Many popular brands of locks are at risk of attack

People are increasingly turning to Smart Locks to secure their front door while enjoying the convenience of their smartphones to operate the lock, often automatically. For the average user, a well-chosen Smart Lock can provide more security than they had with a traditionally locked door thanks to lost and stolen keys, lockpicking, and forgetting to lock the door behind them. The Smart Lock does away with all that old world complexity. But what few may know is that there are a relatively small number of Smart Locks on the market today that are safe from digital lockpicking by someone with coding skills and a hardware toolkit that can be easily sourced from Amazon – a problem that can be eliminated with LEVL.

Smart locks typically use Bluetooth Low Energy (BLE) from the lock to the phone and the lock uses Wi-Fi to the cloud for remote access, updates, and configuration. Often, the phone has a Smart Lock app used to operate the lock. As is conventional with most applications, the app will leverage a user name and password for authentication of the user to the lock. Once initially authenticated, the app typically allows the lock to operate without user-phone interaction when within BLE range. This provides maximum convenience to users – a key selling point for smart locks

There are several ways these locks can be hacked

First, most apps use encrypted username-password combos for security, a technique which is well known to be unsafe as many people use easy-to-guess or repetitive passwords. This would essentially let hackers steal credentials and use their own phone to unlock the lock. This could be solved by using 2FA, however, manufacturers know that introducing the second factor eliminates the convenience quality of the Smart Lock and thus relatively few locks on the market are secured this way. In addition, some locks are vulnerable to replay attacks, an attack in which the whole digital package is captured and then can be replayed, without needing to break any encryption. Lastly, all BLE based smartlocks are vulnerable to the same relay station man-in-the-middle attacks, a concept hackers have adopted from the vehicle theft world.


When LEVL’s radio fingerprinting solution is incorporated into the Smart Lock, LEVL creates a globally unique physical ID for each phone used with the lock based on the wireless signals broadcast. Once the ID is created, each interaction with the Smart Lock automatically authenticates the physical identity of the phone before the digital credentials are passed. No user interaction is required which preserves the convenience of the original design, but at the same time delivers unparalleled security. In the replay attack scenario illustrated above, the Smart Lock would never receive the digital credentials as the hardware cannot be authenticated. The same technique prevents relay station attacks to happen and mitigates the credential theft risks.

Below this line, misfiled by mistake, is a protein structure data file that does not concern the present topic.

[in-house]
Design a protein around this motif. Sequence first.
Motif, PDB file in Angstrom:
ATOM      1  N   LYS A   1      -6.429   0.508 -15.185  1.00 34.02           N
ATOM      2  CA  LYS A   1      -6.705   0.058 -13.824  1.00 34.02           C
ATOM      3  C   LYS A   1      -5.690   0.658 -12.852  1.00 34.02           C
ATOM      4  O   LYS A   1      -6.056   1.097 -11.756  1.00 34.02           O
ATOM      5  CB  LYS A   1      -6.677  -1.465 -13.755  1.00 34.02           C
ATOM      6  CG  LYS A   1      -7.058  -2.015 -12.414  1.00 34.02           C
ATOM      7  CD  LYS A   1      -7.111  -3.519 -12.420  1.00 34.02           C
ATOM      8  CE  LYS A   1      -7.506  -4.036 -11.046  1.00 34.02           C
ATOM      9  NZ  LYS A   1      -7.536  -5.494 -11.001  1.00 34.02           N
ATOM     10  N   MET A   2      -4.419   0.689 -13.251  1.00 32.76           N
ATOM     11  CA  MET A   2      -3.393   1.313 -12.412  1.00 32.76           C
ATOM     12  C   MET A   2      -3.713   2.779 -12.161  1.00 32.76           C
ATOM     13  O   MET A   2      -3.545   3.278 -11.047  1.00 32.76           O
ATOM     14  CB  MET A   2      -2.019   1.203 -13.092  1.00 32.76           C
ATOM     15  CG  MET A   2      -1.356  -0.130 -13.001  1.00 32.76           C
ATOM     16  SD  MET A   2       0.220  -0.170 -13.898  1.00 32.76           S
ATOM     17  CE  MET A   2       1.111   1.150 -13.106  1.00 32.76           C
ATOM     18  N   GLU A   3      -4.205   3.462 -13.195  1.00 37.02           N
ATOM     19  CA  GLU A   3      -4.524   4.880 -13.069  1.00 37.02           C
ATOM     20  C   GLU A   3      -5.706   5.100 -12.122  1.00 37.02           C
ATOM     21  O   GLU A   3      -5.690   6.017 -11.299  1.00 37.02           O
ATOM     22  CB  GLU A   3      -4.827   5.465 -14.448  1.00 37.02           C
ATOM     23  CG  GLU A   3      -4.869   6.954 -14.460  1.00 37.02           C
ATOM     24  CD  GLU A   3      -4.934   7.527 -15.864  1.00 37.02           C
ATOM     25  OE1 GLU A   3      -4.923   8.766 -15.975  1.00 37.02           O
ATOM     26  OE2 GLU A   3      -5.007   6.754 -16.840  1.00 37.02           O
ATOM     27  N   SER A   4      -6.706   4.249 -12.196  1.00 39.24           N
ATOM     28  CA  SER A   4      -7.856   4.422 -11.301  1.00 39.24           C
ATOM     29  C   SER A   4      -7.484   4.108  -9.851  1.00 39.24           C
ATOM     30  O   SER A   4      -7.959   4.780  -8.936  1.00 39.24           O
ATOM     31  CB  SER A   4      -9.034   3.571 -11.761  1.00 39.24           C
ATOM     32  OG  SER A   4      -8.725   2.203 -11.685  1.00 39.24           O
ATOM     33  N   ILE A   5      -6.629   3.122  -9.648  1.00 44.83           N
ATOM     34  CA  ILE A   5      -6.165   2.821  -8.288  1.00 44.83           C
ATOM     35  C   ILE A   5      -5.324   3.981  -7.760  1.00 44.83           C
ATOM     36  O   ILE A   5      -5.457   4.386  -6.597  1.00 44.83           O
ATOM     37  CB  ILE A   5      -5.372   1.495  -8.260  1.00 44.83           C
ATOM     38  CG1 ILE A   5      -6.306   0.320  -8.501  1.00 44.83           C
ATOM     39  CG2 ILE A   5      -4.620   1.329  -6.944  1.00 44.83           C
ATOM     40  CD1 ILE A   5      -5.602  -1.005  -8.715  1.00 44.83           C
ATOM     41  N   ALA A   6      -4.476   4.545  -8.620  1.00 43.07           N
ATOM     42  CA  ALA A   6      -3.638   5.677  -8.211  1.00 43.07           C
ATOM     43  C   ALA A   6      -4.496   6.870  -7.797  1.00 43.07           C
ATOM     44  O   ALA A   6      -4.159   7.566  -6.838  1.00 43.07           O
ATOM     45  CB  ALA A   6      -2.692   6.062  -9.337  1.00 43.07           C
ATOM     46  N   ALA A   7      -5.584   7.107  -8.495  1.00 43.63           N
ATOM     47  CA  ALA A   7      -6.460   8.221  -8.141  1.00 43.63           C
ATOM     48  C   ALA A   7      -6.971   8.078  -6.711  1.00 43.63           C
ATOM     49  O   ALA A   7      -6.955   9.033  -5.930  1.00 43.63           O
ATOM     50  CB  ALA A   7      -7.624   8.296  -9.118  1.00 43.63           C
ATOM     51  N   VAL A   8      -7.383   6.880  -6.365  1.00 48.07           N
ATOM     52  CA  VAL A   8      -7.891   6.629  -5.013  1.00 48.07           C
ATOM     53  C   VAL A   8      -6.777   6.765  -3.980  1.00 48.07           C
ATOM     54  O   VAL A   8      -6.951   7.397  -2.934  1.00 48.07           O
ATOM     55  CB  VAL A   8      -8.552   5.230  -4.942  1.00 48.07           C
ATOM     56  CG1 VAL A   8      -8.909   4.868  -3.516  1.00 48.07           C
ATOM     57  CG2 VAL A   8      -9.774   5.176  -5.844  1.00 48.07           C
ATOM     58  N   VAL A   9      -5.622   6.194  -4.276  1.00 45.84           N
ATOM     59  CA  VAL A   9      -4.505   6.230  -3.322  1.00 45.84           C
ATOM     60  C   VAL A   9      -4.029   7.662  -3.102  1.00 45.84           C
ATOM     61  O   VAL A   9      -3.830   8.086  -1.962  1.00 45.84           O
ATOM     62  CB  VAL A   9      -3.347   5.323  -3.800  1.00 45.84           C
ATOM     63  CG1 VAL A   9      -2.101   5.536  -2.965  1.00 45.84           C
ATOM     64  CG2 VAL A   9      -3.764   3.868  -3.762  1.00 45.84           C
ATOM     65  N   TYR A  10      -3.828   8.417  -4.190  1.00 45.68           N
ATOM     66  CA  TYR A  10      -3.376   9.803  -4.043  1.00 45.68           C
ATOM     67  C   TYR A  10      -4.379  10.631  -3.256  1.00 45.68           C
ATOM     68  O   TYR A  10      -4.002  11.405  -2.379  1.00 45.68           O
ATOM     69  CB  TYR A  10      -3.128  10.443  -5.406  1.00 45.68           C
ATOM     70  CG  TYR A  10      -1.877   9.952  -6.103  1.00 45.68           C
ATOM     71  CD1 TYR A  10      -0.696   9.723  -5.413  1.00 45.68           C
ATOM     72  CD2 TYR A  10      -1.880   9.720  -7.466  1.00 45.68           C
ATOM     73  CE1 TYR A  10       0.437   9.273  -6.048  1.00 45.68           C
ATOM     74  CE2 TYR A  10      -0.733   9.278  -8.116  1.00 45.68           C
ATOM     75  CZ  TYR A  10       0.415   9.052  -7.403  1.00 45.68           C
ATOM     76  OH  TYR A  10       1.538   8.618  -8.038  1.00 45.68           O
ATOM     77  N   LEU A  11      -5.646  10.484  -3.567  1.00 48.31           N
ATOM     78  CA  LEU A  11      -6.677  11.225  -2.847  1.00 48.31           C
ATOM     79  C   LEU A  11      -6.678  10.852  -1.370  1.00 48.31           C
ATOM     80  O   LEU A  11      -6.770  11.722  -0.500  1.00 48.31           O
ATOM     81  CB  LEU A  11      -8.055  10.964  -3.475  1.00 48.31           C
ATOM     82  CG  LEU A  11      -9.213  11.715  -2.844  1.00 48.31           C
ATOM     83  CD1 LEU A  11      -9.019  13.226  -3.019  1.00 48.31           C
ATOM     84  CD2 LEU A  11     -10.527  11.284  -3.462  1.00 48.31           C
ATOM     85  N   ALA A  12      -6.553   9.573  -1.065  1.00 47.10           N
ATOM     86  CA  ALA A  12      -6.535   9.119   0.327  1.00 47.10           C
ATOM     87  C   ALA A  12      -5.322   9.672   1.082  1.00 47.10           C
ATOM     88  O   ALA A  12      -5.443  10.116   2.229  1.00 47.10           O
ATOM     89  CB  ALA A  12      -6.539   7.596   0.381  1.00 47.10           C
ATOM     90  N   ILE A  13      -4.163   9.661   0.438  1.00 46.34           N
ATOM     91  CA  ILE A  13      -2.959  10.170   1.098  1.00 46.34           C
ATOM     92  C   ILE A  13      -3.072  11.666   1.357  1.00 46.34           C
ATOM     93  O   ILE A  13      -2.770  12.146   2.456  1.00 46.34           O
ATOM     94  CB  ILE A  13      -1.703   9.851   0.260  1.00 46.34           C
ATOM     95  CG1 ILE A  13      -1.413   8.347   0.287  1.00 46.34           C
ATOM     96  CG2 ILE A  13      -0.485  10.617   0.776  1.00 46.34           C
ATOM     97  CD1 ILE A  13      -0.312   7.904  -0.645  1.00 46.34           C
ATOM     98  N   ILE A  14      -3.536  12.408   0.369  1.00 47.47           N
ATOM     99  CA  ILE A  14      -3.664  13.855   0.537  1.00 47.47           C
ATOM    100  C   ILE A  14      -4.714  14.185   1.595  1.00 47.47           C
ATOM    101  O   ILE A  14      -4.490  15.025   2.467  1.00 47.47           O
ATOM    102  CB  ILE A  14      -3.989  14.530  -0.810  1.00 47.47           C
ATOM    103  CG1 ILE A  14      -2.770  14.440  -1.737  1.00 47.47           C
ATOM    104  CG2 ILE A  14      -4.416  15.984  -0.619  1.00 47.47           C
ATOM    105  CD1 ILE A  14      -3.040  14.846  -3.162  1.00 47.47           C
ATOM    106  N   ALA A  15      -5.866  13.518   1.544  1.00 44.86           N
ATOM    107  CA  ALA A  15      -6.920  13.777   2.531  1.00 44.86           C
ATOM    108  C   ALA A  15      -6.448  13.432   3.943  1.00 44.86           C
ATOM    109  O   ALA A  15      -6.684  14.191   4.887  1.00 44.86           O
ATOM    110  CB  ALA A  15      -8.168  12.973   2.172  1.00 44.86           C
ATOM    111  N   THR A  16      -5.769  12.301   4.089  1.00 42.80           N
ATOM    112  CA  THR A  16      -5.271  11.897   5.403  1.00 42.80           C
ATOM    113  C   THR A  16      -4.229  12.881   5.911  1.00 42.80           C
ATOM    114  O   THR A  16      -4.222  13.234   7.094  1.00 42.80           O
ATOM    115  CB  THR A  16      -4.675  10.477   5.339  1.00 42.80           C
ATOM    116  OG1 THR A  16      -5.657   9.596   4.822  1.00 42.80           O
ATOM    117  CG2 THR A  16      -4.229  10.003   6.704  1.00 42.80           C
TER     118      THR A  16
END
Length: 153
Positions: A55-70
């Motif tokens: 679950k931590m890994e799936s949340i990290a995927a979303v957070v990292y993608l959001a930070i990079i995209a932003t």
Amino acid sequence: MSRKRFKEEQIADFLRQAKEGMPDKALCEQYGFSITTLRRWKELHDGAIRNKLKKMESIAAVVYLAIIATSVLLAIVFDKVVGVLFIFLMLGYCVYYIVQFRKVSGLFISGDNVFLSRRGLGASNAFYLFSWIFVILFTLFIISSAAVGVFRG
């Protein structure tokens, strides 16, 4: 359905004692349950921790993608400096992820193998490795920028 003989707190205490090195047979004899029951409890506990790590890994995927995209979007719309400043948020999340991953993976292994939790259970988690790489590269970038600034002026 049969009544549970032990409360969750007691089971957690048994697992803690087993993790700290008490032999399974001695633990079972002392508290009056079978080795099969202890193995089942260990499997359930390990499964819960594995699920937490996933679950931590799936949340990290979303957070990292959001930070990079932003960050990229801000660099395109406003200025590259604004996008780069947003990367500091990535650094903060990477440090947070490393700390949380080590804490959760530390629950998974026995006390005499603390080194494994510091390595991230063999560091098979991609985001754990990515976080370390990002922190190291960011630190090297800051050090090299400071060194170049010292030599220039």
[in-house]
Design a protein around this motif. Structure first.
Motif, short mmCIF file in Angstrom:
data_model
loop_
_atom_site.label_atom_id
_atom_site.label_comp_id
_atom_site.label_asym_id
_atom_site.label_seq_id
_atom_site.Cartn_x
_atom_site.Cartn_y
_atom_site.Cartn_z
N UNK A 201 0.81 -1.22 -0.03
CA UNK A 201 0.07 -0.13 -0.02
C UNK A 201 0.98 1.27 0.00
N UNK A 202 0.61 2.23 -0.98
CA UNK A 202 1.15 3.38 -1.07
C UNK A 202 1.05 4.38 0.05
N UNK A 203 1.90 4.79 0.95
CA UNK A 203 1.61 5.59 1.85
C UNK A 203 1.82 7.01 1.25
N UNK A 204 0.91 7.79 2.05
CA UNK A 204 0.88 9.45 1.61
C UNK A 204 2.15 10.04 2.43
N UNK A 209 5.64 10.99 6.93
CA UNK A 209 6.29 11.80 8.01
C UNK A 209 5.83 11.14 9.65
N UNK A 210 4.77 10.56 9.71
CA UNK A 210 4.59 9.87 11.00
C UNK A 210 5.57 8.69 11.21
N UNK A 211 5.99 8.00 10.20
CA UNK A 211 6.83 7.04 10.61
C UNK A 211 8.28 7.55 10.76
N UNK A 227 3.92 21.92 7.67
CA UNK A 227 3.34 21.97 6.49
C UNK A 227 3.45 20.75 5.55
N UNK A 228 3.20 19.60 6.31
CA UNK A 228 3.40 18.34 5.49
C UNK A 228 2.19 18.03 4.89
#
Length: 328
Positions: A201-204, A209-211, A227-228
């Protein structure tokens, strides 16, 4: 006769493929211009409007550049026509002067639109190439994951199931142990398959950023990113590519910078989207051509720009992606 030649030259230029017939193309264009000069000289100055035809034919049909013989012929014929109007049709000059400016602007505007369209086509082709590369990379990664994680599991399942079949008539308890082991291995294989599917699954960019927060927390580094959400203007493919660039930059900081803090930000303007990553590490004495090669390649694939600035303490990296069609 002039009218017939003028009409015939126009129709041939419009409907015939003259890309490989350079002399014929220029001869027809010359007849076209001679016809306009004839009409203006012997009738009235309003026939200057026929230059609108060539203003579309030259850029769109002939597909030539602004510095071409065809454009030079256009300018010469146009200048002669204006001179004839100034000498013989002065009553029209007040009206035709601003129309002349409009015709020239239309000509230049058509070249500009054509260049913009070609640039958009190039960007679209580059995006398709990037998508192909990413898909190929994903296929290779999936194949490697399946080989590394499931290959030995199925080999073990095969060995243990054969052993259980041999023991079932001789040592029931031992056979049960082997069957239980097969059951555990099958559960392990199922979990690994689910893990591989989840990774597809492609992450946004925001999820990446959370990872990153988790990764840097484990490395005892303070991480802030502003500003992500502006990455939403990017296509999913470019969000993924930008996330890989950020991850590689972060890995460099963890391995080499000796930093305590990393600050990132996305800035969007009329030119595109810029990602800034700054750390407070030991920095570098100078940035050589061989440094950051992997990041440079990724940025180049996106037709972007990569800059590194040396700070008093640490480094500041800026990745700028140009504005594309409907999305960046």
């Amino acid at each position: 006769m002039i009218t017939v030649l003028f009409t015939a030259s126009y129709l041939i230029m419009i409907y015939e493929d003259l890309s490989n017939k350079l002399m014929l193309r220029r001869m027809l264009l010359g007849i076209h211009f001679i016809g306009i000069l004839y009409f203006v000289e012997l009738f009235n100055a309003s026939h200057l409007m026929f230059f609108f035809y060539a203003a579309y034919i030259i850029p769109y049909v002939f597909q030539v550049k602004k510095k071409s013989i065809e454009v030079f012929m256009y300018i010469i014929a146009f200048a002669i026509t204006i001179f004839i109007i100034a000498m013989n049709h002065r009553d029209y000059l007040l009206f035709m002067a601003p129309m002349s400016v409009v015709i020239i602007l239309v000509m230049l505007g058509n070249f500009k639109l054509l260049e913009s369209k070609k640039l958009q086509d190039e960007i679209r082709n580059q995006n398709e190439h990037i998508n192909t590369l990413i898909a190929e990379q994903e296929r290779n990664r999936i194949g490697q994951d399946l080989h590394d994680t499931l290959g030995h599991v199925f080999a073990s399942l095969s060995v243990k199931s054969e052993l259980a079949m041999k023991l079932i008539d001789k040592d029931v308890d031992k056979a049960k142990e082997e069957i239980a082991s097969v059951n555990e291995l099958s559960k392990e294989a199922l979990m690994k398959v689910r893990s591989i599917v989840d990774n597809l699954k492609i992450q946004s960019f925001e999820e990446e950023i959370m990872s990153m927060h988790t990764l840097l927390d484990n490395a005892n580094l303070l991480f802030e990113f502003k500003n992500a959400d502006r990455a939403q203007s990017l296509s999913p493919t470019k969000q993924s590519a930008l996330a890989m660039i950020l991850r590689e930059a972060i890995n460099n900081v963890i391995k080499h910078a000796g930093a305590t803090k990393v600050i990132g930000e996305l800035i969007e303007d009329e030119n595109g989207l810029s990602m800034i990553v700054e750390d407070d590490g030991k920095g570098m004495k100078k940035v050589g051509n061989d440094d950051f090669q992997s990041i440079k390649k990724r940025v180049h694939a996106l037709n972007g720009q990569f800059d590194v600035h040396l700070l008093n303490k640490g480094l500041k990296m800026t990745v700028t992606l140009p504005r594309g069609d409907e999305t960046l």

Many studies across the various brands of locks have indicated large security gaps that can be filled with LEVL’s device authentication solution. Find out the details in the white paper below.

Let us help you secure your product

If you are a Smart Lock manufacturer or supplier, you can easily eliminate your customers’ chances of a cyberattack and increase the marketability of your product by incorporating radio fingerprinting by LEVL. Learn how to incorporate LEVL’s agentless, software-only solution in your product by starting here on our developer page.


LEVL can deliver and aftermarket security solution to your operations which will provide all the benefits discussed above. If you are interested in learning more about how LEVL can make the work from home era safer for your business, please contact us.